While some repatriation cases have stemmed from protracted legal battles, the settlement between Yale University and the government of Peru was hailed as a triumph of diplomacy and cross-cultural exchange. After years of often acrimonious talks, in 2010 Yale agreed to return the artifacts, and the university and Alan García, then the president of Peru, pledged to help create a joint study and research center with the Universidad Nacional de San Antonio Abad del Cusco.
Napoleon continued his art conquests in 1798 when he invaded Egypt in an attempt to safeguard French trade interests and to undermine Britain's access to India via Egypt. His expedition in Egypt is noted for the 167 "savants" he took with him including scientists and other specialists equipped with tools for recording, surveying and documenting ancient and modern Egypt and its natural history.[19] Among other things, the expedition discoveries included the Rosetta Stone and the Valley of the Kings near Thebes. The French military campaign was short-lived and unsuccessful and the majority of the collected artifacts (including the Rosetta Stone) were seized by British troops, ending up in the British Museum. Nonetheless, the information gathered by the French expedition was soon after published in the several volumes of Description de l'Égypte, which included 837 copperplate engravings and over 3,000 drawings. In contrast to the disapproving public reaction to the looting of Italian works of art, the appropriation of Egyptian art saw widespread interest and fascination throughout Europe, inciting a phenomenon which came to be called "Egyptomania".[20]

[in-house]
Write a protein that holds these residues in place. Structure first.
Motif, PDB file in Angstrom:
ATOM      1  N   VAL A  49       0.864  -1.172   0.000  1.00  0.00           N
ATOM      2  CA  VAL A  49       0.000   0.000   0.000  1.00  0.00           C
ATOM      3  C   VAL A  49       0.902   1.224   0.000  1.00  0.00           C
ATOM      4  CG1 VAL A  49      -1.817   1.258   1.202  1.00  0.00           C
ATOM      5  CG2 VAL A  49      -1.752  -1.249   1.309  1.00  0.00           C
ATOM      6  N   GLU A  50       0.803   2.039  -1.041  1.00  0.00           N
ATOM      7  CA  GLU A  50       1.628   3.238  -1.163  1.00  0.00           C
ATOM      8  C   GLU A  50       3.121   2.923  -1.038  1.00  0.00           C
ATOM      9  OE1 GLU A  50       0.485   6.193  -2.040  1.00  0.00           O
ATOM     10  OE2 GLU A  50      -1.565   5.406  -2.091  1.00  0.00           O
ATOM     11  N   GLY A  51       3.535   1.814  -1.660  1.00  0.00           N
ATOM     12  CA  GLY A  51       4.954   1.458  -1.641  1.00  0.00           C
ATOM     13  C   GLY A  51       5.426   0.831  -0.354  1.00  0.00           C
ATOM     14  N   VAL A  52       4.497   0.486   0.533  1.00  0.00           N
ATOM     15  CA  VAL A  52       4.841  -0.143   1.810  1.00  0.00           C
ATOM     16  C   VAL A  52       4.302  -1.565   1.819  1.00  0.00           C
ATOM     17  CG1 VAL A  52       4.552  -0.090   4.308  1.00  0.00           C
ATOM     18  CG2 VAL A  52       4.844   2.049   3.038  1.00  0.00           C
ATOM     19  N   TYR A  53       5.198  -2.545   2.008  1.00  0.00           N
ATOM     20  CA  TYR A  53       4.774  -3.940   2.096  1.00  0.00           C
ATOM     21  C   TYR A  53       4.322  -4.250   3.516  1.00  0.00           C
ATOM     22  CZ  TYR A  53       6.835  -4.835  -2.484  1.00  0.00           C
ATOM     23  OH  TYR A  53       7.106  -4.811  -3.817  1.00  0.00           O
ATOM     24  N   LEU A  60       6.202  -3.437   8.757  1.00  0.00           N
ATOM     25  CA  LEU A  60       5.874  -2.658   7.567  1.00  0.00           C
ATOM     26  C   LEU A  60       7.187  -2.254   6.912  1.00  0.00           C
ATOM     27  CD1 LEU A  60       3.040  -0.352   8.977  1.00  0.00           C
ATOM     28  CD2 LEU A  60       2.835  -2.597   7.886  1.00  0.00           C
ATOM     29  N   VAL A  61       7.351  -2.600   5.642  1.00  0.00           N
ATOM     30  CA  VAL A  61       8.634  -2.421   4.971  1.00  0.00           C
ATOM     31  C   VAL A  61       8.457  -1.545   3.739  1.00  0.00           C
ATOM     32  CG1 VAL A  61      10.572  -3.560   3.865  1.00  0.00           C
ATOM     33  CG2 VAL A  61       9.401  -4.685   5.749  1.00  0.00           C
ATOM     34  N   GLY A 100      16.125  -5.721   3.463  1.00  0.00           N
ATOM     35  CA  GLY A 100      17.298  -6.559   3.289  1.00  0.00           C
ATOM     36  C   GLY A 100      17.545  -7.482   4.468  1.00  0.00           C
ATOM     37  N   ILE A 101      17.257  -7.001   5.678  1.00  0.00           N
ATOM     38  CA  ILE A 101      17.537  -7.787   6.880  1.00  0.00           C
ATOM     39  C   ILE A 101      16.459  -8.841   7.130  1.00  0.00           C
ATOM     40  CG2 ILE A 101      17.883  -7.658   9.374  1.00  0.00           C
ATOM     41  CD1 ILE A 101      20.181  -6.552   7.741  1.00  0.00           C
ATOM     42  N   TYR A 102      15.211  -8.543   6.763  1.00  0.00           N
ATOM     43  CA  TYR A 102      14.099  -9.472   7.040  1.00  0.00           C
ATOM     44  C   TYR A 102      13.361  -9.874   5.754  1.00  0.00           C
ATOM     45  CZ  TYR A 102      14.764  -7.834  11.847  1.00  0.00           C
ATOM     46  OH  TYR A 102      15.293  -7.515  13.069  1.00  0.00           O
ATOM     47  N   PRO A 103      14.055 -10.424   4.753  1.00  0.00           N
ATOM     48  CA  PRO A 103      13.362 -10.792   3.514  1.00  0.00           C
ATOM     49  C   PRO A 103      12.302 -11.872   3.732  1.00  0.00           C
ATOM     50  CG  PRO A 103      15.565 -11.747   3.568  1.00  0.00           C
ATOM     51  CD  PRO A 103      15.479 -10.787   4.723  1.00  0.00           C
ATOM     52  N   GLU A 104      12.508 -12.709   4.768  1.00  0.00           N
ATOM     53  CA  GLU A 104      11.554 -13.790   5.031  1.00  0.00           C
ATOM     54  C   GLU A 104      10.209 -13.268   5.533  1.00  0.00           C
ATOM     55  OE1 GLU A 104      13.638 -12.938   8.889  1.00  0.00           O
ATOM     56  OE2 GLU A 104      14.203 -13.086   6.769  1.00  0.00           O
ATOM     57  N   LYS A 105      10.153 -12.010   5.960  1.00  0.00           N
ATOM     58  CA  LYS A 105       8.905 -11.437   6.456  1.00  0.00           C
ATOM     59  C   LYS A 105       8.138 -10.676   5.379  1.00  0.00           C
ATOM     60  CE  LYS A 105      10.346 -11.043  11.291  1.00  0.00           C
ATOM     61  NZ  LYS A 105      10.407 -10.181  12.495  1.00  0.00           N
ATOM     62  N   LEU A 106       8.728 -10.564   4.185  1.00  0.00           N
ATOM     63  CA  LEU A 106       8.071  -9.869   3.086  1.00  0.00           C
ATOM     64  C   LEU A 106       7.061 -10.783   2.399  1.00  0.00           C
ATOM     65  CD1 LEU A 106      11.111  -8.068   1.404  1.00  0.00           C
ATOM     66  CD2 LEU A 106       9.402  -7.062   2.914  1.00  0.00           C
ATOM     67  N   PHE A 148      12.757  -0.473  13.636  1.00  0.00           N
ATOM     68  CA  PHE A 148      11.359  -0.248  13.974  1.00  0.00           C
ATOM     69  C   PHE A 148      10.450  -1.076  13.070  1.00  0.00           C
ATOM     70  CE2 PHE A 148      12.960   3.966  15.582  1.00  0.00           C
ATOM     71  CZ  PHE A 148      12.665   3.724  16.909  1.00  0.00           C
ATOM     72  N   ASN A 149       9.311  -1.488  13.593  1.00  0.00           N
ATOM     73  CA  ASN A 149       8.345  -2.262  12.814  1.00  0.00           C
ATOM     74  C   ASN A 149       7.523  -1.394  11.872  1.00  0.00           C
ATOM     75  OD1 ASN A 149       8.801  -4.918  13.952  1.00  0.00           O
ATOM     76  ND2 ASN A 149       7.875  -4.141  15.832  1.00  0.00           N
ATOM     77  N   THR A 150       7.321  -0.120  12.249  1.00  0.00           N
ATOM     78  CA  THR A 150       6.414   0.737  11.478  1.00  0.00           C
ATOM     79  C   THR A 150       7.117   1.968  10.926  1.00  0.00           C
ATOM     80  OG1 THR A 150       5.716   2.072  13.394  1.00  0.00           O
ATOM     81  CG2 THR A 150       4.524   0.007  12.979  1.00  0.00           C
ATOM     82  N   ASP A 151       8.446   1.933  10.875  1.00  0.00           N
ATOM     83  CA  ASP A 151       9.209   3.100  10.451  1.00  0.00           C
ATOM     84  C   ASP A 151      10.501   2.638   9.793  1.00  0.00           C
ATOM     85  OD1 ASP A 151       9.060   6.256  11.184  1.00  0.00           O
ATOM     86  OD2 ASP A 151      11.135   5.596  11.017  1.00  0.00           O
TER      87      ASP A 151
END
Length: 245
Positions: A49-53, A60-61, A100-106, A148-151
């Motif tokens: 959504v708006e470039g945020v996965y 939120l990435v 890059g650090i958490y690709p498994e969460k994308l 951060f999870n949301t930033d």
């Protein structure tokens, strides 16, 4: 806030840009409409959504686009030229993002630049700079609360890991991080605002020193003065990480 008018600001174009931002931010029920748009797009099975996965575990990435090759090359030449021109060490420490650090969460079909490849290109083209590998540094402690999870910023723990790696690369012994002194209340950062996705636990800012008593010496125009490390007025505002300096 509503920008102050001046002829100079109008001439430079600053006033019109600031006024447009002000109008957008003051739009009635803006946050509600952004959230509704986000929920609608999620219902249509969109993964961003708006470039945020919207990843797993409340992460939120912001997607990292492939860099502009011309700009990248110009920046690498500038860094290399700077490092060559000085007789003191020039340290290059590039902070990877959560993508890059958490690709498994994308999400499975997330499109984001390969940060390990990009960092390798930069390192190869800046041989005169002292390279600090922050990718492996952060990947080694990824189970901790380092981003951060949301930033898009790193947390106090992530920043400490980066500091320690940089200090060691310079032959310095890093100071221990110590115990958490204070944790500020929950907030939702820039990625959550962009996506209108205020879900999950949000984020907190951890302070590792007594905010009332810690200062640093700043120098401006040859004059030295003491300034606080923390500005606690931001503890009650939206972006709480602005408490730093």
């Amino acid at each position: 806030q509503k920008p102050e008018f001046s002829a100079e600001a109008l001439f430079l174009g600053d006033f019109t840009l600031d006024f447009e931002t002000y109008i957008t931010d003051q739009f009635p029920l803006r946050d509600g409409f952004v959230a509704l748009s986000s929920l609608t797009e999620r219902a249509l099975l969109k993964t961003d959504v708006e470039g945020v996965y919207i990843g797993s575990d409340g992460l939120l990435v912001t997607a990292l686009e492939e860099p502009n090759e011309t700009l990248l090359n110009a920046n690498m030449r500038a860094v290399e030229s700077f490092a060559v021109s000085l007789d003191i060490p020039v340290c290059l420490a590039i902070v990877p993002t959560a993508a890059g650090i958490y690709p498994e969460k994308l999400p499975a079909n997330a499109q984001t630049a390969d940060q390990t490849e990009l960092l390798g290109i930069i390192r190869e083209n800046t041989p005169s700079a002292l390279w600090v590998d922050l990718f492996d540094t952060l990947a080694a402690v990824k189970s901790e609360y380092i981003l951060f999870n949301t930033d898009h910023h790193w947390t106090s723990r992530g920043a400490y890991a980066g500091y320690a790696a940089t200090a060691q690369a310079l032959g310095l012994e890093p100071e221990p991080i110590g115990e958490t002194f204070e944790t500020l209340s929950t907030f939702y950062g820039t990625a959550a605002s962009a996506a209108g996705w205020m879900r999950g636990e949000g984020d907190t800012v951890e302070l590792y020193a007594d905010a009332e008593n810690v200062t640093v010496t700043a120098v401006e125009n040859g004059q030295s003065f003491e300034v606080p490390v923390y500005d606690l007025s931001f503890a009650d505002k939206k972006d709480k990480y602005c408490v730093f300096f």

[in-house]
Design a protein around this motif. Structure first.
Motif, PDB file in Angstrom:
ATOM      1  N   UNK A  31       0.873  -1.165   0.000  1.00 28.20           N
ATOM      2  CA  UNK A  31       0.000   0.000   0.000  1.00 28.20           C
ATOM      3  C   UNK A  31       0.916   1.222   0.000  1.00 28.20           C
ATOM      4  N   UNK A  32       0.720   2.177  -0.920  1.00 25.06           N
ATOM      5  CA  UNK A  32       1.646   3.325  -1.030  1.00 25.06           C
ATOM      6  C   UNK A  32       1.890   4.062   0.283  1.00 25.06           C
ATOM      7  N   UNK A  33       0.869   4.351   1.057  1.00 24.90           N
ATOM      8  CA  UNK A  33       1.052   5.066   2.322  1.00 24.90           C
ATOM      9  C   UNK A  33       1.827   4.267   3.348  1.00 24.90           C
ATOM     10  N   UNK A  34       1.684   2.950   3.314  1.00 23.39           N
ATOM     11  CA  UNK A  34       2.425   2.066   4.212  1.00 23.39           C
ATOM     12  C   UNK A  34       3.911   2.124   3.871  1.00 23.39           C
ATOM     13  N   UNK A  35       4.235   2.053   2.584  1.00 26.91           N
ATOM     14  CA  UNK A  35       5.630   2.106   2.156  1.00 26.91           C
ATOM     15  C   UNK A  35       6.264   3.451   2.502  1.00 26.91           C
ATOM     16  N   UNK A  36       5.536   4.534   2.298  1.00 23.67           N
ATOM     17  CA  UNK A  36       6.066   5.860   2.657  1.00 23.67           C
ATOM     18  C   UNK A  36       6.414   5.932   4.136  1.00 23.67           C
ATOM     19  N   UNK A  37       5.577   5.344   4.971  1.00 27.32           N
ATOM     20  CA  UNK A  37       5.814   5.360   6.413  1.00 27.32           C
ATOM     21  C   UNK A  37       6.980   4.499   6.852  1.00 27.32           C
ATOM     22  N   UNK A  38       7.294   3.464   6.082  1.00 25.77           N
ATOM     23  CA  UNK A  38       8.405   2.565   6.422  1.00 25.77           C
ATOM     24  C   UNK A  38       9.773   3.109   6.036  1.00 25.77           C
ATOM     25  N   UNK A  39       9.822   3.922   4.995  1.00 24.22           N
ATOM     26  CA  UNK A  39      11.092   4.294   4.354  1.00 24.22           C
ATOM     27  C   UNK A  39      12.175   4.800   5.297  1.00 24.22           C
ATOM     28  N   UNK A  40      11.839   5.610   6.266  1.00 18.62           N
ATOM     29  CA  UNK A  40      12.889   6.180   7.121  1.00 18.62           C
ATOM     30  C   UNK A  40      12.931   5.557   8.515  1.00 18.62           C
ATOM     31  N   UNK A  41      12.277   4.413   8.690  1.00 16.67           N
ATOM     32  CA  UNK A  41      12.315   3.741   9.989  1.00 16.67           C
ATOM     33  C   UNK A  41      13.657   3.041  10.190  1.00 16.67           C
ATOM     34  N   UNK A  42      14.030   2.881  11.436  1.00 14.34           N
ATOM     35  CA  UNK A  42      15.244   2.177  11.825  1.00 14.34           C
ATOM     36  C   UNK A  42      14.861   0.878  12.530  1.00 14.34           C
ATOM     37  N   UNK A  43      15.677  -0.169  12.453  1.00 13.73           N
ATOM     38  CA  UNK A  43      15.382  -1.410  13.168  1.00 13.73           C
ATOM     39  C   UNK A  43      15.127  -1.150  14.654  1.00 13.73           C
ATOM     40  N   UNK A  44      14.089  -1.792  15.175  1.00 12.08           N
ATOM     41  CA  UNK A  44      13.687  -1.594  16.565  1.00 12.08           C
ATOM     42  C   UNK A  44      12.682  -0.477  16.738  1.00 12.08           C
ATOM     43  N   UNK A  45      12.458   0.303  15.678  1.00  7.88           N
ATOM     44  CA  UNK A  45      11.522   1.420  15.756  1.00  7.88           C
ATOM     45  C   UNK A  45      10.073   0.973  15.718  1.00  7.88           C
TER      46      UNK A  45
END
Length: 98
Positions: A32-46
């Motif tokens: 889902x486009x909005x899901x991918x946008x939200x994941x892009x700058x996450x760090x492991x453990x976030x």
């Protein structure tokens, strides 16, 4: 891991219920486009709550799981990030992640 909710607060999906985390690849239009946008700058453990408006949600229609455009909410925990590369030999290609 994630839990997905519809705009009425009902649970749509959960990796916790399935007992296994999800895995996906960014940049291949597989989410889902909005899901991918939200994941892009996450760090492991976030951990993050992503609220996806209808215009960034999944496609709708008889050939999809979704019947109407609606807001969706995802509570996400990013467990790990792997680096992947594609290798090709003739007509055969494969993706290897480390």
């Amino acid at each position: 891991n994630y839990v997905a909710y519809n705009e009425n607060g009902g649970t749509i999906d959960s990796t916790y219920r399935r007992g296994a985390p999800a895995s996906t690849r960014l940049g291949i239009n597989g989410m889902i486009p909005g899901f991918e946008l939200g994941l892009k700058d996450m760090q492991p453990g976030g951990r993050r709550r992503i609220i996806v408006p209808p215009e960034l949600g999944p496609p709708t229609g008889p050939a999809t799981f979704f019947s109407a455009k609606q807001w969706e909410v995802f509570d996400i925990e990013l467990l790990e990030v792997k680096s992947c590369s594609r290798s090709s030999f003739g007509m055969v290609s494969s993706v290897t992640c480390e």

In 2004 the US passed the Bill HR1047 for the Emergency Protection for Iraq Cultural Antiquities Act, which allows the President authority to impose emergency import restrictions by Section 204 of the Convention on Cultural Property Implementation Act (CCIPA).[32] In 2003, Britain and Switzerland put into effect statutory prohibitions against illegally exported Iraqi artifacts. In the UK, the Dealing in Cultural Objects Bill was established in 2003 that prohibited the handling of illegal cultural objects.
The 20-year feud concerns the ownership of 44 artefacts from the Sixena Monastery, a Romanesque jewel in the heart of Aragon, less than 30 miles away from the trenches where George Orwell fought during the Spanish Civil War. The works of art (paintings on panel and canvas, sculptures, reliquiaries) are currently kept in the Museum of Lleida, in Catalonia, some of them on display and many in storage. The condition of some is frail, the historic significance and value of most is enormous.
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Today the Euphronios krater sits rather forlornly in a glass case in the National Etruscan Museum in Rome’s Villa Borghese park. Wall labels, written in Italian and poorly translated English, explain where it was found. One example: “The tomb of Greek Vases (Tomba dei Vasi Greci) is the latest within the great tumulus II of the Banditaccia necropolis and contained so many grave goods that only part of them could be displayed.”
According to Roman myth, Rome was founded by Romulus, the first victor to dedicate spoils taken from an enemy ruler to the Temple of Jupiter Feretrius. In Rome's many subsequent wars, blood-stained armor and weaponry were gathered and placed in temples as a symbol of respect toward the enemies' deities and as a way to win their patronage.[3] As Roman power spread throughout Italy where Greek cities once reigned, Greek art was looted and ostentatiously displayed in Rome as a triumphal symbol of foreign territories brought under Roman rule.[3] However, the triumphal procession of Marcus Claudius Marcellus after the fall of Syracuse in 211 is believed to have set a standard of reverence to conquered sanctuaries as it engendered disapproval by critics and a negative social reaction.[4]